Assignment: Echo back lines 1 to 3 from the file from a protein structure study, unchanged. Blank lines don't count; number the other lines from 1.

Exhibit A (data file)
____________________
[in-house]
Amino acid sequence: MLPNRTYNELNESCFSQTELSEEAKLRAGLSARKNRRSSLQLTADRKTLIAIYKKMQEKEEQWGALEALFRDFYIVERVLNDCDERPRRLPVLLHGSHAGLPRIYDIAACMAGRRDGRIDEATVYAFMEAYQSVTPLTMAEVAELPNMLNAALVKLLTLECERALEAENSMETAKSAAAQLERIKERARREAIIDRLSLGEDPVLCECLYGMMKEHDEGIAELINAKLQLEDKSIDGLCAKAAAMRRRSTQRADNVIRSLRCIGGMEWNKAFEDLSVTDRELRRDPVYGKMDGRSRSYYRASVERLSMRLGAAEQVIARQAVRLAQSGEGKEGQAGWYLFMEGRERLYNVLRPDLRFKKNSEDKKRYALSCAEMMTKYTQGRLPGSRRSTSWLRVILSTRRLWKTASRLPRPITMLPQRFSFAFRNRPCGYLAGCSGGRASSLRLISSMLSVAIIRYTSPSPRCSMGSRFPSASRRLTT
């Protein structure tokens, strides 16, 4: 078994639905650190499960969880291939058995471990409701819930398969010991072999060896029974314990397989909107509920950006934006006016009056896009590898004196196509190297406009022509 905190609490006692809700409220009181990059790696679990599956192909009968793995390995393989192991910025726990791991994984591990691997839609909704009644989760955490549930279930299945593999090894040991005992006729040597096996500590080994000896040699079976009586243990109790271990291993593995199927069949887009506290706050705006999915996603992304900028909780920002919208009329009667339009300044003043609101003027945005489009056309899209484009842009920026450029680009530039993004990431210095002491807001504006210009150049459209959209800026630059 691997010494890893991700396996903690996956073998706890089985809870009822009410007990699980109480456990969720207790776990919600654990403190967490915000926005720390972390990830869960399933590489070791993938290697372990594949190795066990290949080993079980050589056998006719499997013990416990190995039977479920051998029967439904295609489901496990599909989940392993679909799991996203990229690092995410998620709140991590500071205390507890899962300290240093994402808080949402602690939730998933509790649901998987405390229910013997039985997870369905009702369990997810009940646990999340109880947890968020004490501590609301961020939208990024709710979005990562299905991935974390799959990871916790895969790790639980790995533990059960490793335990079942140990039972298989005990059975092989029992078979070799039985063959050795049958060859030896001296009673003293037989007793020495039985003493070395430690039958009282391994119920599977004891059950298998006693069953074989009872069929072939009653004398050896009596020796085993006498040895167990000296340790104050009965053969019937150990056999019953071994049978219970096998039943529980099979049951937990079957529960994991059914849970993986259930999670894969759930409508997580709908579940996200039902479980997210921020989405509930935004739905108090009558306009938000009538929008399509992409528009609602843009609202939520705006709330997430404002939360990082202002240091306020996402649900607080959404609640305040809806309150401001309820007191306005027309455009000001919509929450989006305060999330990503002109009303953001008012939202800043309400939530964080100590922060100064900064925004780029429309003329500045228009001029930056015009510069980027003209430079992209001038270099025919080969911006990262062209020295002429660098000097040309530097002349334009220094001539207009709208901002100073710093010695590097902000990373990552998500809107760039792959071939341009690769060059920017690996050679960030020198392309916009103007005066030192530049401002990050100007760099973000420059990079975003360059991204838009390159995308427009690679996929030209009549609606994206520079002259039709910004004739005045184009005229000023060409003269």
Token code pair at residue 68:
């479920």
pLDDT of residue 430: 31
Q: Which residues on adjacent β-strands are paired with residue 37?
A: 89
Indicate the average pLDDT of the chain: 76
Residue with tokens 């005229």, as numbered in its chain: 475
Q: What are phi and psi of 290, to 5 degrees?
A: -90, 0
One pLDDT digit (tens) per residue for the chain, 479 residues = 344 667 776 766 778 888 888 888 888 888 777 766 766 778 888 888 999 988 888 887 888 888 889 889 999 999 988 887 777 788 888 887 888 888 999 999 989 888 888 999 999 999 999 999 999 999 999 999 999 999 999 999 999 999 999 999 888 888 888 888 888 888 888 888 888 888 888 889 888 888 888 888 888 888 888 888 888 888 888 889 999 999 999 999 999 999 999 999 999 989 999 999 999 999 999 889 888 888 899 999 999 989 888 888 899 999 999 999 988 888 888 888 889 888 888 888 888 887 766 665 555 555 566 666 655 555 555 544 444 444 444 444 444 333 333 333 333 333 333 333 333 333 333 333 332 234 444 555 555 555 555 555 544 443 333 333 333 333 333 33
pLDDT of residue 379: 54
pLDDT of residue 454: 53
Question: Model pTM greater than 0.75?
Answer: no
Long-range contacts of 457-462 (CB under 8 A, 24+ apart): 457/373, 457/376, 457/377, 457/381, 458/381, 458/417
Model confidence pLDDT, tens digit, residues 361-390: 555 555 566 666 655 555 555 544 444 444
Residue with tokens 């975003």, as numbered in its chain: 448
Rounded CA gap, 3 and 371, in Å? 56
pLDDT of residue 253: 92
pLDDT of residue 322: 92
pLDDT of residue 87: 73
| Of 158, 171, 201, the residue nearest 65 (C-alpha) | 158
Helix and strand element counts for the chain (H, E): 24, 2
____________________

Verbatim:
[in-house]
Amino acid sequence: MLPNRTYNELNESCFSQTELSEEAKLRAGLSARKNRRSSLQLTADRKTLIAIYKKMQEKEEQWGALEALFRDFYIVERVLNDCDERPRRLPVLLHGSHAGLPRIYDIAACMAGRRDGRIDEATVYAFMEAYQSVTPLTMAEVAELPNMLNAALVKLLTLECERALEAENSMETAKSAAAQLERIKERARREAIIDRLSLGEDPVLCECLYGMMKEHDEGIAELINAKLQLEDKSIDGLCAKAAAMRRRSTQRADNVIRSLRCIGGMEWNKAFEDLSVTDRELRRDPVYGKMDGRSRSYYRASVERLSMRLGAAEQVIARQAVRLAQSGEGKEGQAGWYLFMEGRERLYNVLRPDLRFKKNSEDKKRYALSCAEMMTKYTQGRLPGSRRSTSWLRVILSTRRLWKTASRLPRPITMLPQRFSFAFRNRPCGYLAGCSGGRASSLRLISSMLSVAIIRYTSPSPRCSMGSRFPSASRRLTT
């Protein structure tokens, strides 16, 4: 078994639905650190499960969880291939058995471990409701819930398969010991072999060896029974314990397989909107509920950006934006006016009056896009590898004196196509190297406009022509 905190609490006692809700409220009181990059790696679990599956192909009968793995390995393989192991910025726990791991994984591990691997839609909704009644989760955490549930279930299945593999090894040991005992006729040597096996500590080994000896040699079976009586243990109790271990291993593995199927069949887009506290706050705006999915996603992304900028909780920002919208009329009667339009300044003043609101003027945005489009056309899209484009842009920026450029680009530039993004990431210095002491807001504006210009150049459209959209800026630059 691997010494890893991700396996903690996956073998706890089985809870009822009410007990699980109480456990969720207790776990919600654990403190967490915000926005720390972390990830869960399933590489070791993938290697372990594949190795066990290949080993079980050589056998006719499997013990416990190995039977479920051998029967439904295609489901496990599909989940392993679909799991996203990229690092995410998620709140991590500071205390507890899962300290240093994402808080949402602690939730998933509790649901998987405390229910013997039985997870369905009702369990997810009940646990999340109880947890968020004490501590609301961020939208990024709710979005990562299905991935974390799959990871916790895969790790639980790995533990059960490793335990079942140990039972298989005990059975092989029992078979070799039985063959050795049958060859030896001296009673003293037989007793020495039985003493070395430690039958009282391994119920599977004891059950298998006693069953074989009872069929072939009653004398050896009596020796085993006498040895167990000296340790104050009965053969019937150990056999019953071994049978219970096998039943529980099979049951937990079957529960994991059914849970993986259930999670894969759930409508997580709908579940996200039902479980997210921020989405509930935004739905108090009558306009938000009538929008399509992409528009609602843009609202939520705006709330997430404002939360990082202002240091306020996402649900607080959404609640305040809806309150401001309820007191306005027309455009000001919509929450989006305060999330990503002109009303953001008012939202800043309400939530964080100590922060100064900064925004780029429309003329500045228009001029930056015009510069980027003209430079992209001038270099025919080969911006990262062209020295002429660098000097040309530097002349334009220094001539207009709208901002100073710093010695590097902000990373990552998500809107760039792959071939341009690769060059920017690996050679960030020198392309916009103007005066030192530049401002990050100007760099973000420059990079975003360059991204838009390159995308427009690679996929030209009549609606994206520079002259039709910004004739005045184009005229000023060409003269």